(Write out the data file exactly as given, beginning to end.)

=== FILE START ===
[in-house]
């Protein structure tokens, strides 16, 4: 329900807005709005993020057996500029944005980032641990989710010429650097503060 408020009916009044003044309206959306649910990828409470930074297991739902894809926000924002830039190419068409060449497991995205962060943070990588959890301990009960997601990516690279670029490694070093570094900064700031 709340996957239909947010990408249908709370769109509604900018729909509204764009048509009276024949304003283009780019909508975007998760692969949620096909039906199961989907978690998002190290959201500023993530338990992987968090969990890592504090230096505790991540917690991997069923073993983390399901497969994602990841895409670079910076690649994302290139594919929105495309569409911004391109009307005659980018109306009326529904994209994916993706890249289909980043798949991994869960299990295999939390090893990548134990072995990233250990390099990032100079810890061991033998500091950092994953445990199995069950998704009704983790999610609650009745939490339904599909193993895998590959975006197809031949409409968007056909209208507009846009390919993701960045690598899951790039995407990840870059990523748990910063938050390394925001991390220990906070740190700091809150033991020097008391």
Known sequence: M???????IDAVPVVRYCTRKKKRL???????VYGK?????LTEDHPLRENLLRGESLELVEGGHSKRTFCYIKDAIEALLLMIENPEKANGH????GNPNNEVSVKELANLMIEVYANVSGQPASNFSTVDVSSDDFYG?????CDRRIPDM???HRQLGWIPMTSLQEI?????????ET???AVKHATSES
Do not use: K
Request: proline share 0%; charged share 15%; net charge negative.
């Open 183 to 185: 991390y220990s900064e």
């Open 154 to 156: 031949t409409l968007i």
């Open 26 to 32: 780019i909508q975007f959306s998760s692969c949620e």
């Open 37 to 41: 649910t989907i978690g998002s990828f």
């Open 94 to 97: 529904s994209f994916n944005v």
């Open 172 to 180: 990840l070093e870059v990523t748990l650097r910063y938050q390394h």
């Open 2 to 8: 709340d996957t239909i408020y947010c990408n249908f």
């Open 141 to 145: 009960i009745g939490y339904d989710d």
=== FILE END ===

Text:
[in-house]
């Protein structure tokens, strides 16, 4: 329900807005709005993020057996500029944005980032641990989710010429650097503060 408020009916009044003044309206959306649910990828409470930074297991739902894809926000924002830039190419068409060449497991995205962060943070990588959890301990009960997601990516690279670029490694070093570094900064700031 709340996957239909947010990408249908709370769109509604900018729909509204764009048509009276024949304003283009780019909508975007998760692969949620096909039906199961989907978690998002190290959201500023993530338990992987968090969990890592504090230096505790991540917690991997069923073993983390399901497969994602990841895409670079910076690649994302290139594919929105495309569409911004391109009307005659980018109306009326529904994209994916993706890249289909980043798949991994869960299990295999939390090893990548134990072995990233250990390099990032100079810890061991033998500091950092994953445990199995069950998704009704983790999610609650009745939490339904599909193993895998590959975006197809031949409409968007056909209208507009846009390919993701960045690598899951790039995407990840870059990523748990910063938050390394925001991390220990906070740190700091809150033991020097008391």
Known sequence: M???????IDAVPVVRYCTRKKKRL???????VYGK?????LTEDHPLRENLLRGESLELVEGGHSKRTFCYIKDAIEALLLMIENPEKANGH????GNPNNEVSVKELANLMIEVYANVSGQPASNFSTVDVSSDDFYG?????CDRRIPDM???HRQLGWIPMTSLQEI?????????ET???AVKHATSES
Do not use: K
Request: proline share 0%; charged share 15%; net charge negative.
């Open 183 to 185: 991390y220990s900064e």
């Open 154 to 156: 031949t409409l968007i």
């Open 26 to 32: 780019i909508q975007f959306s998760s692969c949620e």
């Open 37 to 41: 649910t989907i978690g998002s990828f």
């Open 94 to 97: 529904s994209f994916n944005v």
């Open 172 to 180: 990840l070093e870059v990523t748990l650097r910063y938050q390394h």
């Open 2 to 8: 709340d996957t239909i408020y947010c990408n249908f």
């Open 141 to 145: 009960i009745g939490y339904d989710d």